This work described a strategy for loading bismuth vanadate (BiVO4) on hydroxy-iron pillared montmorillonite (Fe/Mt), in which vanadate and bismuth were successively loaded on Fe/Mt to synthesize a BiVO4/Fe/Mt composite with high photo-Fenton catalytic activity. The structural characteristics of the resulting materials were studied using X-ray diffraction, inductively coupled plasma mass spectrometry, nitrogen adsorption–desorption isotherms, and UV–vis diffuse reflectance spectra. Then, the photo-Fenton catalytic activity of the obtained catalysts was tested using acid red 18 (AR18) as a model contaminant under visible light irradiation. Furthermore, the concentration of hydroxyl radical (OH) was studied by high performance liquid chromatography. The results indicated that BiVO4 loaded not only on the outer surface but also into the interlayers of Fe/Mt. The 8%BiVO4/Fe/Mt composite exhibited high photocatalytic activity, and the decolorization efficiency, TOC removal efficiency of AR18, and the production of OH by BiVO4/Fe/Mt were higher than those by Fe/Mt. The high removal efficiency of AR18 and remarkable OH generation performance by BiVO4/Fe/Mt should be attributed to the presence of BiVO4, which can accelerate the reduction of Fe3+ to Fe2+ by providing photo-induced electrons from BiVO4. In addition, the leached amount of Fe from BiVO4/Fe/Mt was 0.32mg/L after 180min reaction, much smaller than that from Fe/Mt (0.66mg/L). The results of this work suggest that the introduction of semiconductor materials may be a feasible way for enhancing the photo-Fenton catalytic activity of heterogeneous photo-Fenton catalysts.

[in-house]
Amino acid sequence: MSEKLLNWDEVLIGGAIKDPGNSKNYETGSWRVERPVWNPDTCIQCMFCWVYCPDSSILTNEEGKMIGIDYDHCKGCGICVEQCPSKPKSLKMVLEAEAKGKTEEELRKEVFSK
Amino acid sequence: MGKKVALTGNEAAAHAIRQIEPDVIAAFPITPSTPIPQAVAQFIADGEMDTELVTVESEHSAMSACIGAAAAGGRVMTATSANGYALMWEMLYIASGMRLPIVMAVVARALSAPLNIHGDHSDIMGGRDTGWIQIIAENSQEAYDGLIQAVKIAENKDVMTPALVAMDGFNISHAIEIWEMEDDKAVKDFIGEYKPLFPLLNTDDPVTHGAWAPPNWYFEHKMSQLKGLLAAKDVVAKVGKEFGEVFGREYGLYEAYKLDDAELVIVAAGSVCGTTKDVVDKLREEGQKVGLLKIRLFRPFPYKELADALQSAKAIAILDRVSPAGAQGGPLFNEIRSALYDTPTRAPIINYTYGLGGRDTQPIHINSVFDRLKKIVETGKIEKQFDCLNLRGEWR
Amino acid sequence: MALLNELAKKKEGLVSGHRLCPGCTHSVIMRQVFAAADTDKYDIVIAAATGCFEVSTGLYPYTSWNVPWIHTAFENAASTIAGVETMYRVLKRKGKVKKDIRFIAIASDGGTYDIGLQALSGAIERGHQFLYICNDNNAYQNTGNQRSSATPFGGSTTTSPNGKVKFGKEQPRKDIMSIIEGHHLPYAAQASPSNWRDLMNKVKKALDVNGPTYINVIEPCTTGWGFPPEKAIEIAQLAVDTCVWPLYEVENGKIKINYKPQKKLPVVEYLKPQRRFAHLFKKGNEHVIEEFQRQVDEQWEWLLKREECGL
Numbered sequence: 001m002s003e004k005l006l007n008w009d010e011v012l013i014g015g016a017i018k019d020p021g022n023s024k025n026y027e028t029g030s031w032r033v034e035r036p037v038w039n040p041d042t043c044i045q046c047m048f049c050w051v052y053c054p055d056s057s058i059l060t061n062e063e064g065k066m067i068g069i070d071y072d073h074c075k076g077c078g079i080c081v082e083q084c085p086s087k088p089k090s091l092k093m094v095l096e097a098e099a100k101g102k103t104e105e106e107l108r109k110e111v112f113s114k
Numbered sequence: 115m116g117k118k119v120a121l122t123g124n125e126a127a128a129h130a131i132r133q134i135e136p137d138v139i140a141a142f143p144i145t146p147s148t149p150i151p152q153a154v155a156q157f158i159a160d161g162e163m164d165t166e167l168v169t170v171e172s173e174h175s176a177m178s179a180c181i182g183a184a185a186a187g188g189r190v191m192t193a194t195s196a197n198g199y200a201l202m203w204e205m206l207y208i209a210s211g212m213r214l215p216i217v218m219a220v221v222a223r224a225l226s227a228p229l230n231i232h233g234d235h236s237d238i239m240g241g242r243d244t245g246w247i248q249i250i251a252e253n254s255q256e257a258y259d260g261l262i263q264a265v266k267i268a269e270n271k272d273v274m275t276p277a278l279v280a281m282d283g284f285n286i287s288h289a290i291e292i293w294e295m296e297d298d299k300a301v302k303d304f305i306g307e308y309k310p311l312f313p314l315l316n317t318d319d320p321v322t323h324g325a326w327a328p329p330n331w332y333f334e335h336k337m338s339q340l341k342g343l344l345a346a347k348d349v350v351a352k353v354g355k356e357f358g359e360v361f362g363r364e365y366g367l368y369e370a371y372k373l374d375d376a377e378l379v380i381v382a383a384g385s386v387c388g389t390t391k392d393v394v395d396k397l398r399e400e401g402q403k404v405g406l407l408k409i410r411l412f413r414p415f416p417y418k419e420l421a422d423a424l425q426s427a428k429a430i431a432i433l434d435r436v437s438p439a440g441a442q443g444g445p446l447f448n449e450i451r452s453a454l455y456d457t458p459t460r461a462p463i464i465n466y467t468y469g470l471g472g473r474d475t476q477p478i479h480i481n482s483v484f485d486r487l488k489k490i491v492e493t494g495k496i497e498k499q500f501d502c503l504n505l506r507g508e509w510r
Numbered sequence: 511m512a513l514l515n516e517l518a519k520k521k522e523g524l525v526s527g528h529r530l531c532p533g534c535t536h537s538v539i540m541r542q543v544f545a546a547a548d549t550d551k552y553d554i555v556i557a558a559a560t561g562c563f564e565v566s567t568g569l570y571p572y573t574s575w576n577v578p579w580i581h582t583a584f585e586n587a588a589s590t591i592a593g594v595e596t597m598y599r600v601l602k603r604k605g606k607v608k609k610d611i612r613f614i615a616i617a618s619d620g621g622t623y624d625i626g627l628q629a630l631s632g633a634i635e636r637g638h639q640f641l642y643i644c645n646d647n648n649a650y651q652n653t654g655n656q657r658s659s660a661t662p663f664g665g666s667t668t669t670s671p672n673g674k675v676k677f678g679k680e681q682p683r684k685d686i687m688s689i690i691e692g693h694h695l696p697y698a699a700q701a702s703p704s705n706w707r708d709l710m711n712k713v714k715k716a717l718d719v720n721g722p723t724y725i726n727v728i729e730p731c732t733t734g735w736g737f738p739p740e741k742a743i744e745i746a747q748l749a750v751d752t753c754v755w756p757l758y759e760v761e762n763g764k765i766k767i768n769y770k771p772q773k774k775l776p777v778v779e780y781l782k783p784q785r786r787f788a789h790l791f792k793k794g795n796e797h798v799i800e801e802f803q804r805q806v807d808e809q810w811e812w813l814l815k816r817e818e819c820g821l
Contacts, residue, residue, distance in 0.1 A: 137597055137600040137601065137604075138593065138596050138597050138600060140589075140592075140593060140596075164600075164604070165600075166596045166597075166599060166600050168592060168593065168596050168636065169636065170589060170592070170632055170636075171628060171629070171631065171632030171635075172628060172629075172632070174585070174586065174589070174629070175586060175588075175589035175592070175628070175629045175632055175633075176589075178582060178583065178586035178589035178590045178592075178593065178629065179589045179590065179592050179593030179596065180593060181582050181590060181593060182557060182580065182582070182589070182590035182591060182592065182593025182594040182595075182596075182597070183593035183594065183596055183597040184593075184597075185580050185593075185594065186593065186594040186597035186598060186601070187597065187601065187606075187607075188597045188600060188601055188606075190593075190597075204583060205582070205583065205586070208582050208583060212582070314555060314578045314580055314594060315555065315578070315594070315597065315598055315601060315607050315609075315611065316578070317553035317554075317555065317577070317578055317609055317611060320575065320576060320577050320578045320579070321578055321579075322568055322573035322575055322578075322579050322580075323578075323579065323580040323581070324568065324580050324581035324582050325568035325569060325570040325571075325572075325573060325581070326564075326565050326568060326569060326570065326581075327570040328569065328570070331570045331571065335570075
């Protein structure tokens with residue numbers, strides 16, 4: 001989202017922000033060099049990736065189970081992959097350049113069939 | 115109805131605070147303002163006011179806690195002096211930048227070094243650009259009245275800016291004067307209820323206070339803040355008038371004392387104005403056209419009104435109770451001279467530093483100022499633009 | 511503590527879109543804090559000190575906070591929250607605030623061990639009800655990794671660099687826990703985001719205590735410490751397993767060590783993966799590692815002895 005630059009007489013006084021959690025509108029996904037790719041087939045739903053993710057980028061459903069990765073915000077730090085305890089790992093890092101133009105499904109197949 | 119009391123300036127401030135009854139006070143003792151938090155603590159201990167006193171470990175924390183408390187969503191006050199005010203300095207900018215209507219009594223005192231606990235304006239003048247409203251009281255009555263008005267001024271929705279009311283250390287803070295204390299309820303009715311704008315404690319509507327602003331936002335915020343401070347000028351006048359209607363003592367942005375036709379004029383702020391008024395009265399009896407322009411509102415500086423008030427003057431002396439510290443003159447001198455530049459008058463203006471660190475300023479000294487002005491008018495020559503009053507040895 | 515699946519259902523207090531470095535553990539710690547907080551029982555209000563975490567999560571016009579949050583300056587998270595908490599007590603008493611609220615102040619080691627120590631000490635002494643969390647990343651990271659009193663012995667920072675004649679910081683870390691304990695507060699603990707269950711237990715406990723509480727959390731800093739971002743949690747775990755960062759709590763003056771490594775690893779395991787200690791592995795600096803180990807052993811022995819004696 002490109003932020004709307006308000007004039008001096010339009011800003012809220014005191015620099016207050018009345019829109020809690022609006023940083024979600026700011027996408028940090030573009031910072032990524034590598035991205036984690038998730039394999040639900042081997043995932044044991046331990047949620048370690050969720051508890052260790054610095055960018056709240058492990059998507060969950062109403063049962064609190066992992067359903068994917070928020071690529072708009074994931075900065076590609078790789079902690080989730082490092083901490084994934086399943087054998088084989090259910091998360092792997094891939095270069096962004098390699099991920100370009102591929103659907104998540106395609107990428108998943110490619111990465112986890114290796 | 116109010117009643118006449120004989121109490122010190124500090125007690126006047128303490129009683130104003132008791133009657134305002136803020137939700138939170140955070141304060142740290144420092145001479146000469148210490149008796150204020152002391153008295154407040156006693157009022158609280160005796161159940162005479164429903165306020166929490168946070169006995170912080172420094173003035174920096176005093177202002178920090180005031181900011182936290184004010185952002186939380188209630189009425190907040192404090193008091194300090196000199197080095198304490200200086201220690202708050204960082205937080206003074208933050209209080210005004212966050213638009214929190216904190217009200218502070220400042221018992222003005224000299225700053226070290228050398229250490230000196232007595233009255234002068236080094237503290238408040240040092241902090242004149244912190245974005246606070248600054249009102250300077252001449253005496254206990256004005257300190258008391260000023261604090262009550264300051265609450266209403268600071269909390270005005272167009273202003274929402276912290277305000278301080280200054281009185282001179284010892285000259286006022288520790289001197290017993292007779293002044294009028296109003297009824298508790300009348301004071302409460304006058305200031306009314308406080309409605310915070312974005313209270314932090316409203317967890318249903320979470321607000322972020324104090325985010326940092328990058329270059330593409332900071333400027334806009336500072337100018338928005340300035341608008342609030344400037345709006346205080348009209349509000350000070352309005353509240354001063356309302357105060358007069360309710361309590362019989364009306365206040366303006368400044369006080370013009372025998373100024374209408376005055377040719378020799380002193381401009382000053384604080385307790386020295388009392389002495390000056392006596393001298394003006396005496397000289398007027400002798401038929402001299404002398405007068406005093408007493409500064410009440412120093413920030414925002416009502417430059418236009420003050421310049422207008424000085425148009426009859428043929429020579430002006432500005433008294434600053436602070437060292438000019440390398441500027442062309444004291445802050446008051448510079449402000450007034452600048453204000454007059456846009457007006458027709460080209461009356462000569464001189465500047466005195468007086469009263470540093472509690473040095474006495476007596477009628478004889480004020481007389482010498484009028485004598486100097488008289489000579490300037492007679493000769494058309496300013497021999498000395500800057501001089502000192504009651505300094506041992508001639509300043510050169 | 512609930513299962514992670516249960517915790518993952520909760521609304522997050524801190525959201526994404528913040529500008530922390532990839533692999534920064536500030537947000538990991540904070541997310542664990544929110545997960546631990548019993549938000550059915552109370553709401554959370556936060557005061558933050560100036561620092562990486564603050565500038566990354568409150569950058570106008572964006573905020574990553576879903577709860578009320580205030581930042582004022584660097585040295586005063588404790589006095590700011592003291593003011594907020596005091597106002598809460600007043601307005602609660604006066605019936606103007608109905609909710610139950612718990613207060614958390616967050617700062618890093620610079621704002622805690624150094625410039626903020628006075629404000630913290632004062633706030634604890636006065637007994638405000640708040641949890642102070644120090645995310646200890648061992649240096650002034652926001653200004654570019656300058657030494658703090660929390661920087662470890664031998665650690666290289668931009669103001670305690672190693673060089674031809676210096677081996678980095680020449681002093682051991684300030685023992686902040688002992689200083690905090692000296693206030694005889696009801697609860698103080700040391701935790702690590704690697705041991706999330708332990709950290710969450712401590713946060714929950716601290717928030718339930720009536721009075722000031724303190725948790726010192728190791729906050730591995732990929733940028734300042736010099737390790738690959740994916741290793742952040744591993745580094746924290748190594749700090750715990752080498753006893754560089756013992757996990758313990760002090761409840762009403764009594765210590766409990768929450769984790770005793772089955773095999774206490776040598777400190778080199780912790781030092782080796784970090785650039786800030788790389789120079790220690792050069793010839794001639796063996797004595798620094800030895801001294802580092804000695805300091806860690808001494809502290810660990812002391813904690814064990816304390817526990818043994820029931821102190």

Graphical abstract image

      PubDate: 2016-06-16T18:00:57Z
       
  • Montmorillonite modified with lactim methyl ethers having different ring
           sizes
    • Abstract: Publication date: August 2016
      Source:Applied Clay Science, Volume 129
      Author(s): Lenka Malinová, Daniel Jaksch, Jiří Brožek